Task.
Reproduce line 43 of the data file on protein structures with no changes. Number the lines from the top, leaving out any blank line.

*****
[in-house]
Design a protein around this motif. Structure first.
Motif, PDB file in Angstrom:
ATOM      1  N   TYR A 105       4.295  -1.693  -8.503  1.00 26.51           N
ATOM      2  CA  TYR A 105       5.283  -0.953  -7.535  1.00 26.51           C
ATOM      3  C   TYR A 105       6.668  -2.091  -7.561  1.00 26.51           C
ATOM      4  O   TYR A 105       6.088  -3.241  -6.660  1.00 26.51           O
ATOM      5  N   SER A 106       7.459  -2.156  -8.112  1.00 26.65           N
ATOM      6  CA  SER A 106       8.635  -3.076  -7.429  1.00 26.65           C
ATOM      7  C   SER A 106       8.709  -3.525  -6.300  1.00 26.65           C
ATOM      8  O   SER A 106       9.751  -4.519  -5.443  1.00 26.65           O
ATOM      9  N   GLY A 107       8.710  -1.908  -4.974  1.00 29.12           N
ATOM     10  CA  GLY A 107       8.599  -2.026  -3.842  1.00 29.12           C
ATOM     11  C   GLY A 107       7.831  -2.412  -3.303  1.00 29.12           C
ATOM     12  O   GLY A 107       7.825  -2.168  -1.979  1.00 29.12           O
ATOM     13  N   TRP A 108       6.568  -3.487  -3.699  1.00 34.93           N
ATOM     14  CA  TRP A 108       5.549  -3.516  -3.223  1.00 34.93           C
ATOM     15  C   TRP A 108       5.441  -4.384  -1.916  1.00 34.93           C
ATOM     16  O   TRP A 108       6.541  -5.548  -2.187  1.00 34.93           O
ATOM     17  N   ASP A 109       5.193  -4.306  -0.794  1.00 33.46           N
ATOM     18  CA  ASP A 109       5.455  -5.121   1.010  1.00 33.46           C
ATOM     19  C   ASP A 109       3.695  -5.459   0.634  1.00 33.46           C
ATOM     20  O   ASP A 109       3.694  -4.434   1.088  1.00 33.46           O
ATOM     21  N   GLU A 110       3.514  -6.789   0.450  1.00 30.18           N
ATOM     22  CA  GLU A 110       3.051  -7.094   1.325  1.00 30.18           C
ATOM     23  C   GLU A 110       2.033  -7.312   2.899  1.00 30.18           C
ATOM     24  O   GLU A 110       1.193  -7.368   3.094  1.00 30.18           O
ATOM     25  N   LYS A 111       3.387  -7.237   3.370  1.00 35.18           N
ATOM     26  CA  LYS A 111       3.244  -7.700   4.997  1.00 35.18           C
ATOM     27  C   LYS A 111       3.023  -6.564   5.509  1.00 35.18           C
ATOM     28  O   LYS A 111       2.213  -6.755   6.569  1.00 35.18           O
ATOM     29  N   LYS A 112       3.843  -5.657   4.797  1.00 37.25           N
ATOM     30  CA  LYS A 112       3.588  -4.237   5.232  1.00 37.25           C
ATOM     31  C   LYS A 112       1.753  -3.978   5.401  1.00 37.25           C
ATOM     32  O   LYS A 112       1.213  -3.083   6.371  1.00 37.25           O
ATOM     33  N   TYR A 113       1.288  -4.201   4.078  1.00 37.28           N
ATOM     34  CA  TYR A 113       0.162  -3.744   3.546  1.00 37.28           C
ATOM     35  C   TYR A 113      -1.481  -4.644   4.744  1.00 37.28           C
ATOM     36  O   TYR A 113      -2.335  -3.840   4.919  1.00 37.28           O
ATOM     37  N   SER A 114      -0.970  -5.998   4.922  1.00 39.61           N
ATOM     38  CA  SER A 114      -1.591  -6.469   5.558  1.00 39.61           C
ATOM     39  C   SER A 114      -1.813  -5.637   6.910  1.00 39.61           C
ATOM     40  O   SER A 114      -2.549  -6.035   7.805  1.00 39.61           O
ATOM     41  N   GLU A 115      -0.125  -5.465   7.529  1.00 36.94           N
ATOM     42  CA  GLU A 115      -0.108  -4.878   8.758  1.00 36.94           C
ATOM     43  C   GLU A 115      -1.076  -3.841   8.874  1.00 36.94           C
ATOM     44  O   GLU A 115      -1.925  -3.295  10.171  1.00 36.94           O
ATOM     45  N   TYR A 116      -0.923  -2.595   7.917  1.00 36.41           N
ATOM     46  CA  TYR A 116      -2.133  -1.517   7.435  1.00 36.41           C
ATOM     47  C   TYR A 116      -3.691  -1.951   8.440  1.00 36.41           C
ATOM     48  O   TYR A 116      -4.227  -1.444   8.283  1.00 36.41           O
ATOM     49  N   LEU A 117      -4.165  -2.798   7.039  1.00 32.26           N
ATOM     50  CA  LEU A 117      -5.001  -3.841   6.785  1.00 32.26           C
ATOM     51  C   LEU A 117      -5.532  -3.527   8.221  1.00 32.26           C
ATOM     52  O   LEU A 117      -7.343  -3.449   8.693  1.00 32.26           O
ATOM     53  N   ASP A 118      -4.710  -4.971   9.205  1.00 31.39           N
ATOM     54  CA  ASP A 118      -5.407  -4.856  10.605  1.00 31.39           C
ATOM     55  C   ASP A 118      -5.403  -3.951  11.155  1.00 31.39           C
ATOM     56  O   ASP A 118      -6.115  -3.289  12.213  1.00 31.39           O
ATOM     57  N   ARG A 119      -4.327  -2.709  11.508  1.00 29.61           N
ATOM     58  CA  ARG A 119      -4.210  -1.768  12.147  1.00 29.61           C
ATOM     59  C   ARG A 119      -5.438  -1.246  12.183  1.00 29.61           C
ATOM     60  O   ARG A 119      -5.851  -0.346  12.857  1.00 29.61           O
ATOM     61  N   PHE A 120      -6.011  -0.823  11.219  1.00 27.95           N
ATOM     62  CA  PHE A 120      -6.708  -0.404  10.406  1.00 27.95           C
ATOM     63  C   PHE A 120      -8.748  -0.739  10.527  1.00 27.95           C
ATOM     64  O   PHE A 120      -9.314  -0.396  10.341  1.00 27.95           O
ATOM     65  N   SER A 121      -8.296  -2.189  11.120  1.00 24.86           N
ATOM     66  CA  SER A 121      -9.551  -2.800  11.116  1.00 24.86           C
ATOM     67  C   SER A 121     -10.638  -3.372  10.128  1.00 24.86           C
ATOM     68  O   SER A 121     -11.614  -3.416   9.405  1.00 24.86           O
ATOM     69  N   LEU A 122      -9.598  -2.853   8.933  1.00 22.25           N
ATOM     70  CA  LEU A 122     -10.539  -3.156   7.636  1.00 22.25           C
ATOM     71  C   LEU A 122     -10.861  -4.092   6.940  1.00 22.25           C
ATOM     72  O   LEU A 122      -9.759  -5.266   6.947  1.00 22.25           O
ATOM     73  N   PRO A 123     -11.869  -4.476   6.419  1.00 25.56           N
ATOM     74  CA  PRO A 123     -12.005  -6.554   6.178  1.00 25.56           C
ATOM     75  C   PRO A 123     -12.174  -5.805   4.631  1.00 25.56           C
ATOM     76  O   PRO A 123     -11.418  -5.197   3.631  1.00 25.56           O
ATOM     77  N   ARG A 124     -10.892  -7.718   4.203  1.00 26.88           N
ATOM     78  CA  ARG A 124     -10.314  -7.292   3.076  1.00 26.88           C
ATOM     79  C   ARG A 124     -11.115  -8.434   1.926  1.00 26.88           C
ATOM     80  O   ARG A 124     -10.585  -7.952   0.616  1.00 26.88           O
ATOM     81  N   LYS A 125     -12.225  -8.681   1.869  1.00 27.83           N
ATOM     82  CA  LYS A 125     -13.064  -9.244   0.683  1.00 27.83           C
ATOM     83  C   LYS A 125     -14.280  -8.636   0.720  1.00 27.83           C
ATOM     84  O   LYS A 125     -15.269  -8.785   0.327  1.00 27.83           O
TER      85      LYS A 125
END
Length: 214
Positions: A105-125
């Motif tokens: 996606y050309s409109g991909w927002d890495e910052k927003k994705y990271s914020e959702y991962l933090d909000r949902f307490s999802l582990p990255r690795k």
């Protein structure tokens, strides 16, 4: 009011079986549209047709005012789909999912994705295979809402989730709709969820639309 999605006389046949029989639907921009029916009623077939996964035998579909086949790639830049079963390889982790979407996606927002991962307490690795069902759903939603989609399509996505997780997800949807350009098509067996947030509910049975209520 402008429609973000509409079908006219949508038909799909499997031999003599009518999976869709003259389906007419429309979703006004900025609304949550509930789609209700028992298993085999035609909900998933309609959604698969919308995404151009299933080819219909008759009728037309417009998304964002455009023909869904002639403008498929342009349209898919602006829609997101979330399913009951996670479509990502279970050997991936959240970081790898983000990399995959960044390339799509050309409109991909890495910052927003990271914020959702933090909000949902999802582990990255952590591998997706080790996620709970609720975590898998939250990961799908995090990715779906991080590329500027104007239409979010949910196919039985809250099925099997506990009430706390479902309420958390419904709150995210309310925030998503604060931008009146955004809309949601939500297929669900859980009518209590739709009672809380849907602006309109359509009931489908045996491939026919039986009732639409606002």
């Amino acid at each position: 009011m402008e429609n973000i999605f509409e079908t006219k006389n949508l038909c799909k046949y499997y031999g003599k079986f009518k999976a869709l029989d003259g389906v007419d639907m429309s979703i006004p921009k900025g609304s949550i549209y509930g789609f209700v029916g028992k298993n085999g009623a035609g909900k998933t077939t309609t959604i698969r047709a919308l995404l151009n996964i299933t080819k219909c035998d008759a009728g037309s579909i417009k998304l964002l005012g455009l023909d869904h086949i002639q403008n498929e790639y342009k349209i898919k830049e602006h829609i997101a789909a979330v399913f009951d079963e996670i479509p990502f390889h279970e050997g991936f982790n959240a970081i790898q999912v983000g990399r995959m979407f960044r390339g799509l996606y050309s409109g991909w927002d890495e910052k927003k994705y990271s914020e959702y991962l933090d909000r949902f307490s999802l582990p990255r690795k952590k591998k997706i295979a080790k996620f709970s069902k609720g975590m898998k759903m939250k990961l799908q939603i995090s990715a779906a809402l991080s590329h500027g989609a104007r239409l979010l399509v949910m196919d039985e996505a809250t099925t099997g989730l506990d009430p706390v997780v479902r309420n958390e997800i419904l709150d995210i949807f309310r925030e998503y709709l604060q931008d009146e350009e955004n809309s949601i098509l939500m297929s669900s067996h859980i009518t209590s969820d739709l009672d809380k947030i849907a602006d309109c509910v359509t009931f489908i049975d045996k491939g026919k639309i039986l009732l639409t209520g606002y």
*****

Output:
ATOM     40  O   SER A 114      -2.549  -6.035   7.805  1.00 39.61           O